Re: [jose] comments on draft-jones-json-web-signature and draft-jones-json-web-encryption

Matthew Green <matthewdgreen@gmail.com> Sun, 12 February 2012 19:23 UTC

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From: Matthew Green <matthewdgreen@gmail.com>
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Date: Sun, 12 Feb 2012 14:23:29 -0500
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Subject: Re: [jose] comments on draft-jones-json-web-signature and draft-jones-json-web-encryption
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I'm apologize for stepping into this conversation so late. I recently came across the draft-jones-json-web-encryption spec, and I was surprised to see that it doesn't explicitly mandate the use of authenticated encryption. This seems extremely dangerous to me, and I was hoping I could convince this group to reconsider.

Many of my concerns were already raised by David McGrew in a post he wrote back in November.* David cites most of the academic literature on padding oracle attacks, which are an efficient class of attacks that can be leveraged against unauthenticated encryption modes used in online systems. I wanted to add that this problem is hardly academic. Padding oracle attacks are easy to implement (I've had undergrads code them as an assignment), and there are toolkits available to help people run them on most systems. Moreover, they're almost impossible to defend on without some sort of authentication. This authentication would be provided via an AEAD mode like GCM, or through use of a MAC.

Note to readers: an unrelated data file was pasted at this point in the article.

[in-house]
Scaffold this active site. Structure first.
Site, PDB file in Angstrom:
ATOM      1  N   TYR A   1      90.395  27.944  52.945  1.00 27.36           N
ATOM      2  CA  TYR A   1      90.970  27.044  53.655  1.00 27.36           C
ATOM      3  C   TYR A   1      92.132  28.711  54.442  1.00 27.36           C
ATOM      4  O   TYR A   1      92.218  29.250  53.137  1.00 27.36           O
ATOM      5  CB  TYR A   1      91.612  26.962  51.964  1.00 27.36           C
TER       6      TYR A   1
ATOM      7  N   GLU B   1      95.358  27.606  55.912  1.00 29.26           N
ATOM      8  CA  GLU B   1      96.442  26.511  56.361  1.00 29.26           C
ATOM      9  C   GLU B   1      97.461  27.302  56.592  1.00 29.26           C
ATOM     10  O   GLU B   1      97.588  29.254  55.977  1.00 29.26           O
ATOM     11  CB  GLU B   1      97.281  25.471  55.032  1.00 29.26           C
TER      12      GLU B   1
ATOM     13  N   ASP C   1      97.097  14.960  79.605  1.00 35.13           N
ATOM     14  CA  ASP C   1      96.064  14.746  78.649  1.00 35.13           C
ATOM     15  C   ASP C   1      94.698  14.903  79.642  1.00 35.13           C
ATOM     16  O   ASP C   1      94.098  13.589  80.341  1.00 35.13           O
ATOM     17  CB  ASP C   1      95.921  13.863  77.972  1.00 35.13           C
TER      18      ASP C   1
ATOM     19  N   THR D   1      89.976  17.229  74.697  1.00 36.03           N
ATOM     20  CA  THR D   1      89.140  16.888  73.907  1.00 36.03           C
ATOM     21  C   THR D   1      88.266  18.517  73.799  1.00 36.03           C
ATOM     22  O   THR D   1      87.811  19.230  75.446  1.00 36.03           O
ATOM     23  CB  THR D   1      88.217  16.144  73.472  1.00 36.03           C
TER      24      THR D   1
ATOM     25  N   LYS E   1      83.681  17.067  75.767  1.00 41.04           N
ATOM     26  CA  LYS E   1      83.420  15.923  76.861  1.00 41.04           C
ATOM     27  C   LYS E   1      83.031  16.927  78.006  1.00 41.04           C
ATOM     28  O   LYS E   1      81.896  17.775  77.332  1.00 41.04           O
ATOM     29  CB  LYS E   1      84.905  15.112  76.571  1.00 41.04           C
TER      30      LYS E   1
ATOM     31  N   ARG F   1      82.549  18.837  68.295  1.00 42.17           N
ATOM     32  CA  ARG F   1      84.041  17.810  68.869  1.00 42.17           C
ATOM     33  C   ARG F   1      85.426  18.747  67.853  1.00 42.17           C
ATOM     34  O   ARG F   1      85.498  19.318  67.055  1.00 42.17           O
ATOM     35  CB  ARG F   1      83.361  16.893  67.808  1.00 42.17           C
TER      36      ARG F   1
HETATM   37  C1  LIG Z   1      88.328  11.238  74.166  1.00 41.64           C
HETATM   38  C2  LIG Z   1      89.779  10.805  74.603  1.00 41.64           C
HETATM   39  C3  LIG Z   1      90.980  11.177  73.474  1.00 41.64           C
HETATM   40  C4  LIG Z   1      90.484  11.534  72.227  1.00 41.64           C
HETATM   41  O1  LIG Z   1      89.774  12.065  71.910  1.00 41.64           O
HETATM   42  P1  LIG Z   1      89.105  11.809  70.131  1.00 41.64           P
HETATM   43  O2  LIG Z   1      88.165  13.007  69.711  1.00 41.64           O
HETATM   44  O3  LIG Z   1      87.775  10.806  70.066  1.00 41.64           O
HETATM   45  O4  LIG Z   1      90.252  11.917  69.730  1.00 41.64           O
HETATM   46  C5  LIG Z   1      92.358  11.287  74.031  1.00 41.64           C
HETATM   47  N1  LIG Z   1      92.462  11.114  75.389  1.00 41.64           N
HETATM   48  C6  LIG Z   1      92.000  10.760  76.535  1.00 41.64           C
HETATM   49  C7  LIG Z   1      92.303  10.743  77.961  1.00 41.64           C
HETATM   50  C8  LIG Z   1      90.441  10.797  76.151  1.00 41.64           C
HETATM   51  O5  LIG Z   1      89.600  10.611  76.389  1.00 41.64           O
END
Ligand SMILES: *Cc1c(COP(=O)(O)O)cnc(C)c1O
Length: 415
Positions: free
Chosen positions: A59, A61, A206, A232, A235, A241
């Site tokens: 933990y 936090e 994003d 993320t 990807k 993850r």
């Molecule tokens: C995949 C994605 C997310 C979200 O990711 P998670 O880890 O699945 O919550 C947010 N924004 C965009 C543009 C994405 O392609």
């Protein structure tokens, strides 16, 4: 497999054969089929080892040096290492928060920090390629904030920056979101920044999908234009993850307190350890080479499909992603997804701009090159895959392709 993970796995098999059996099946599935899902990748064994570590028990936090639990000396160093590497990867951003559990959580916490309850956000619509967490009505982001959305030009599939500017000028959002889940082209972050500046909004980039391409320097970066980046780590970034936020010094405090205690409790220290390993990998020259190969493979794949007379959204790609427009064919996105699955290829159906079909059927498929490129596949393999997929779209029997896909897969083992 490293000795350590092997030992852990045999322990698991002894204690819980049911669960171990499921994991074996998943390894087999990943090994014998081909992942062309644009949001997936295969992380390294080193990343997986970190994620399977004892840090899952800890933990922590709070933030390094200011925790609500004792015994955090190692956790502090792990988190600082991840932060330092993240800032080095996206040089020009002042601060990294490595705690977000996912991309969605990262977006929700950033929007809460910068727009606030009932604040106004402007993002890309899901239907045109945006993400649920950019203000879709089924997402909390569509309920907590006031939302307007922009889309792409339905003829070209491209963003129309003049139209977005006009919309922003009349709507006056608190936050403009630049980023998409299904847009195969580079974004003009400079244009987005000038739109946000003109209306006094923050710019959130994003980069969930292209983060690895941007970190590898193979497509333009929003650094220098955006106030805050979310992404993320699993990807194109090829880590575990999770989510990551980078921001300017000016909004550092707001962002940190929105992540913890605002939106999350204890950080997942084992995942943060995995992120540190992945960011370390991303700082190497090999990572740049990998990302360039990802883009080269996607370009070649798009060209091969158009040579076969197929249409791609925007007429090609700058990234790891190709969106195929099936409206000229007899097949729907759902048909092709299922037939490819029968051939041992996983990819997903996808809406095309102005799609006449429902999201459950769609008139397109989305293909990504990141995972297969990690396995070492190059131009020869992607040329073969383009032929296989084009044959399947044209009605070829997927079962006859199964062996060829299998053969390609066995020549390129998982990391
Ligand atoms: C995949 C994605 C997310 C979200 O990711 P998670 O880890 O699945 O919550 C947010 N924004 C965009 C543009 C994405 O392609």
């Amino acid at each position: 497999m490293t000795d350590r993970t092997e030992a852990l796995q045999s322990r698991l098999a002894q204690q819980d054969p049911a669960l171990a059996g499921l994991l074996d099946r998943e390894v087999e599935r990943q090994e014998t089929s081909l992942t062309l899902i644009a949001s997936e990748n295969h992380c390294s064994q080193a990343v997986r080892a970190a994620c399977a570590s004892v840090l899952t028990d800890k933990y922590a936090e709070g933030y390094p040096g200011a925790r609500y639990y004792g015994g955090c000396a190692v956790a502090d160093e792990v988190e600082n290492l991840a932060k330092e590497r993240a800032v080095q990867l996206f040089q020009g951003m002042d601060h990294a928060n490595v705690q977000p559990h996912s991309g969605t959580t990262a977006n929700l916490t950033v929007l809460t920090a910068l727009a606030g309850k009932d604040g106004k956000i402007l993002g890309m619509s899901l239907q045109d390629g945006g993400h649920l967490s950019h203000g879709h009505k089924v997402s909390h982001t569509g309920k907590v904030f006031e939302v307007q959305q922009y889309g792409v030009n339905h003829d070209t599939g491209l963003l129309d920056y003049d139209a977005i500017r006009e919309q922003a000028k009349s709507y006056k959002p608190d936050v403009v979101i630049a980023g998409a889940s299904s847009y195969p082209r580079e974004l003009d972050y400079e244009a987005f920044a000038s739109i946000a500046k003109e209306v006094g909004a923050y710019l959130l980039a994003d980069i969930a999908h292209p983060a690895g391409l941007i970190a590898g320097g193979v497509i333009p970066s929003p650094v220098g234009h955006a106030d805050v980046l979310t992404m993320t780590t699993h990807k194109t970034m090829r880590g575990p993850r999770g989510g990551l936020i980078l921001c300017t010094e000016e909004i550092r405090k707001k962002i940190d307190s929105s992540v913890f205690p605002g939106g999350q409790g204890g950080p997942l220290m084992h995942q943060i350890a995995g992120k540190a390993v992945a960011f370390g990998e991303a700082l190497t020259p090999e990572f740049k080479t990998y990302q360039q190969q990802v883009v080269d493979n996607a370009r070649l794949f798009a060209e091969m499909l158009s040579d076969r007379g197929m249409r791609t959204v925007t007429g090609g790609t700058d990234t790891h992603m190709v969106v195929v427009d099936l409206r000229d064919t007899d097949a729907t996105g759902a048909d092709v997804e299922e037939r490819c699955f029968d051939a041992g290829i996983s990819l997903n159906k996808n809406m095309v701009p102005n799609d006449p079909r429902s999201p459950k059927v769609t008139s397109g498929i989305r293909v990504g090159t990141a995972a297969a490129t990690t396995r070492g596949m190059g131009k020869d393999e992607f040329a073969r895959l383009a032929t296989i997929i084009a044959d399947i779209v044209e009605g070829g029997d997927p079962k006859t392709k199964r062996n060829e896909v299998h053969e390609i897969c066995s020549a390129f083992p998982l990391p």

Probably the most relevant example is Jager and Somorovsky's recent attack against the 2002 W3C XML Encryption standard (as implemented in JBoss and Axis2), which serves almost the same purpose as json-web-encryption. Given all the press that attack received, I think would be particularly unfortunate to have this brand new standard fall to same sort of attack.

I understand that the standard gives the /option/ to use authenticated encryption (GCM mode) or unauthenticated CBC-mode. What's missing, I think is the appropriate warning to non-expert implementers. I would phrase it along these lines:

* If you choose to implement this specification using unauthenticated encryption (CBC mode), your ciphertexts will be vulnerable to simple attacks that lead to complete plaintext recovery. Therefore, we do not recommend the use of CBC mode in any application where message confidentiality is critical to system security.

On the other hand, why should you ever have to write something like that into an encryption standard? It seems like the proper solution would be to simply remove the CBC option altogether.

Regards,

Matt Green

* http://www.ietf.org/mail-archive/web/jose/current/msg00304.html